A proposal to ask St. Louis voters to approve $80 million in funding for a new soccer stadium has been dropped, threatening the effort to lure a MLS expansion team.

By Associated Press
January 10, 2017

ST. LOUIS (AP) — An alderwoman has dropped her proposal to ask St. Louis voters to approve $80 million in funding for a new soccer stadium, threatening the effort to lure a Major League Soccer expansion team.

Alderwoman Christine Ingrassia said Tuesday that the proposal submitted by the investor group SC STL would be too costly for a city already struggling to pay for more police and other pressing needs. As a result, she dropped a bill to place the issue on the April ballot.

"I don't feel comfortable passing along legislation and asking voters to pass something that's going to put us further in debt in the city," Ingrassia, a Democrat, said in a phone interview. "It would be a revenue loss for the city, and at the very least I would like to see it revenue-neutral, hopefully revenue-generating."

Mayor Francis Slay said he's hopeful a "clearer picture" will emerge by the end of the week.

• ​STRAUS: St. Louis MLS expansion bid hinges on its stadium plan

"We have an ownership group that has committed itself to investing hundreds of millions of dollars in the City of St. Louis to develop a swath of vacant land and bring a Major League Soccer team to our City," Slay, a Democrat, said in a statement.

"We remain committed to working with SC STL to develop a sound financial proposal to put before the voters," Slay said. "That said, we don't yet have an agreement. There are a lot of components that still need to come together, especially support from the state."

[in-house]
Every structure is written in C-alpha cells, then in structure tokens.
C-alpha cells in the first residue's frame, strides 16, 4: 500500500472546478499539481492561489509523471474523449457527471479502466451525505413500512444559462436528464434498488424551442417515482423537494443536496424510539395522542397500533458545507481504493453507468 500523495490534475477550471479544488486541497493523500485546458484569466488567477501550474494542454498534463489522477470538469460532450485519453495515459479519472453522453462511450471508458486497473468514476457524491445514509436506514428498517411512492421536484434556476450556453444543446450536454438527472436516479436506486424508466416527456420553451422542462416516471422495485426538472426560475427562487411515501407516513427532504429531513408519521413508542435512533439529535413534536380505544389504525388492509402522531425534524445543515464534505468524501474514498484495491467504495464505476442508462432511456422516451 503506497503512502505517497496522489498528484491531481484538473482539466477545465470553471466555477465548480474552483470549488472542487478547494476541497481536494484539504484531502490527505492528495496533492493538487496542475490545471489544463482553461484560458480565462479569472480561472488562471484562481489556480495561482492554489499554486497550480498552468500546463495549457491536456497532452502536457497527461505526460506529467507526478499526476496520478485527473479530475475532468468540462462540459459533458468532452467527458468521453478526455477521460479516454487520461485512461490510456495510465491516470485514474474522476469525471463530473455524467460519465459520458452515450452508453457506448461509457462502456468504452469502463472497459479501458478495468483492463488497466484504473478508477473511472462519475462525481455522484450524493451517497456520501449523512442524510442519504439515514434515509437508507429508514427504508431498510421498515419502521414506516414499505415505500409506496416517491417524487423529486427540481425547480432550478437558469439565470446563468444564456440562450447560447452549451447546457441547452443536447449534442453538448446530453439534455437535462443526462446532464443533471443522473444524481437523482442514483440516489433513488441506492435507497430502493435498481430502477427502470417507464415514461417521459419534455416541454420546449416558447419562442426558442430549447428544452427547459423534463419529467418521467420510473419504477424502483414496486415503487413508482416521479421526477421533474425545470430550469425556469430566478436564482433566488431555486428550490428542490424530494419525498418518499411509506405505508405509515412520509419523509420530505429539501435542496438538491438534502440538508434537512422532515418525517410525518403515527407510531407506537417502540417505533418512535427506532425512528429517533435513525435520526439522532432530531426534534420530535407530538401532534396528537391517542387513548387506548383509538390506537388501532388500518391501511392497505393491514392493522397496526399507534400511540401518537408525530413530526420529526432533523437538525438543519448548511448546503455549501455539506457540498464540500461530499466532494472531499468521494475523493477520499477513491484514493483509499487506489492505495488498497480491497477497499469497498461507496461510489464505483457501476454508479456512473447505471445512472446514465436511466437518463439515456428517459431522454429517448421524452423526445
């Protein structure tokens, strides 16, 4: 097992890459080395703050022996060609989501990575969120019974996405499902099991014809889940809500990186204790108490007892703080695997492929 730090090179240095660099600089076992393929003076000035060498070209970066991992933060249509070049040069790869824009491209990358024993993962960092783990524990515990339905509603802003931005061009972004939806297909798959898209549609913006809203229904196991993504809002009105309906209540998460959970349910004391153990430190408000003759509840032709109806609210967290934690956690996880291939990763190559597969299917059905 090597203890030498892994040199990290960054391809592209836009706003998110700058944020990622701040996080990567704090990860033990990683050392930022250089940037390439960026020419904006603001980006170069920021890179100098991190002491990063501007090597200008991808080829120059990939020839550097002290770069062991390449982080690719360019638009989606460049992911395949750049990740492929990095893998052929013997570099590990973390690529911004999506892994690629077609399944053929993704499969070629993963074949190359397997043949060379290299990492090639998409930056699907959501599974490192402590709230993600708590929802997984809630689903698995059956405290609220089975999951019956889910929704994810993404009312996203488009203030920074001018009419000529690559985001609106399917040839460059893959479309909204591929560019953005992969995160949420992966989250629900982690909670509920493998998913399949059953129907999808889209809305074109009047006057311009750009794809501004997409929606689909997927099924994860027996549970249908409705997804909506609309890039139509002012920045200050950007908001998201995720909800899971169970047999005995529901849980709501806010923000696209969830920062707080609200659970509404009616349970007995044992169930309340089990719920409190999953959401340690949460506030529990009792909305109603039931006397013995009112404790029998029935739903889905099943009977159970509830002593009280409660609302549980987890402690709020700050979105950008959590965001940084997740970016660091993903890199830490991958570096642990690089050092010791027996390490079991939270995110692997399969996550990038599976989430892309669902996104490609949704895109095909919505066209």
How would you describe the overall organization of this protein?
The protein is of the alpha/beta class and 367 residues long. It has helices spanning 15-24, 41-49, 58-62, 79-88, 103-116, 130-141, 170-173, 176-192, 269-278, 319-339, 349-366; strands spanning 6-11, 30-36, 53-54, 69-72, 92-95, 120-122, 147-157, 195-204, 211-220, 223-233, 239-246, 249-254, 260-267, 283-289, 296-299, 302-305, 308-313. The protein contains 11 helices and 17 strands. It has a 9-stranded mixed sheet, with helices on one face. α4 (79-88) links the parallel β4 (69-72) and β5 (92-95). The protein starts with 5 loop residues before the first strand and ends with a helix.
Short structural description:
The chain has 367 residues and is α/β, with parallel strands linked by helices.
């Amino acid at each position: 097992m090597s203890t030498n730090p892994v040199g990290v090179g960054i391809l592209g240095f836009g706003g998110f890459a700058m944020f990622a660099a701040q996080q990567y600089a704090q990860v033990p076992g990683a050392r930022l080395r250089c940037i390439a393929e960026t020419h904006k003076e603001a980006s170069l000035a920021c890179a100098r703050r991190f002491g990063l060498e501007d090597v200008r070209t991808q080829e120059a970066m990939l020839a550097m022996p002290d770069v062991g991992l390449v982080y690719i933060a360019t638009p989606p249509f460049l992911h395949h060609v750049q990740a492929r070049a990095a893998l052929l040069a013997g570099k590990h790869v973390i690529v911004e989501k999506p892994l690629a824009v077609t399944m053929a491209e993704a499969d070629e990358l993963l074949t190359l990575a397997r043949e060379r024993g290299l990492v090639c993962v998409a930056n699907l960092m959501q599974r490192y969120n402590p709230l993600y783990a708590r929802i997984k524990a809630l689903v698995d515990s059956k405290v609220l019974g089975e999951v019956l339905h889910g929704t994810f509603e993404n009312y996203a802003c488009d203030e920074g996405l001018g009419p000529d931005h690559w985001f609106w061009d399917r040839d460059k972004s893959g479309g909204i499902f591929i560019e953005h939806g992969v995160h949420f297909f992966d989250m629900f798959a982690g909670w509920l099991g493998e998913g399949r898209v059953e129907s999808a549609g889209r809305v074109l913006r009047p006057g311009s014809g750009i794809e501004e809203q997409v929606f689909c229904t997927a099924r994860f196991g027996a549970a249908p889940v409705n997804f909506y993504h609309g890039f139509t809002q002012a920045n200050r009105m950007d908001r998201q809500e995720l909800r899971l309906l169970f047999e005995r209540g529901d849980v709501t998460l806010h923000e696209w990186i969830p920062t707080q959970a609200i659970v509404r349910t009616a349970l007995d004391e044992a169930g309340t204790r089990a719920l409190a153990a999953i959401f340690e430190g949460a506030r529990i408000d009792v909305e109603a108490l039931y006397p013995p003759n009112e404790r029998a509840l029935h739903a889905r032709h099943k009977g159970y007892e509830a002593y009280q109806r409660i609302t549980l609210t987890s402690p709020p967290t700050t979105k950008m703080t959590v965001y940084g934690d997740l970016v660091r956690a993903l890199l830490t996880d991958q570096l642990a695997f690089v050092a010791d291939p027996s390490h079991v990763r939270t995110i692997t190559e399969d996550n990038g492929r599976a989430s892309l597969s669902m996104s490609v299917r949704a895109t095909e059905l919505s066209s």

State support seems unlikely. Gov. Eric Greitens, a Republican who took office Monday, opposes any state funding. Investors were seeking $40 million in state tax credits.

An SC STL spokesman declined to speculate on the future of the project. A statement from the investor group said Ingrassia "has not called or responded to us so until we hear from her directly, it's hard to respond to statements made in the media."

MLS officials have shown strong interest in St. Louis, but only if a new stadium is built.

The 22,000-seat stadium would sit near Union Station. The city would own the stadium and lease it to the MLS franchise for 30 years. SC STL would pay about $80 million of the stadium cost and cover the $150 million MLS expansion fee.

MLS Commissioner Don Garber has said the league would name two expansion teams this year, with ownership applications due by the end of January. The new teams would begin play in 2020.

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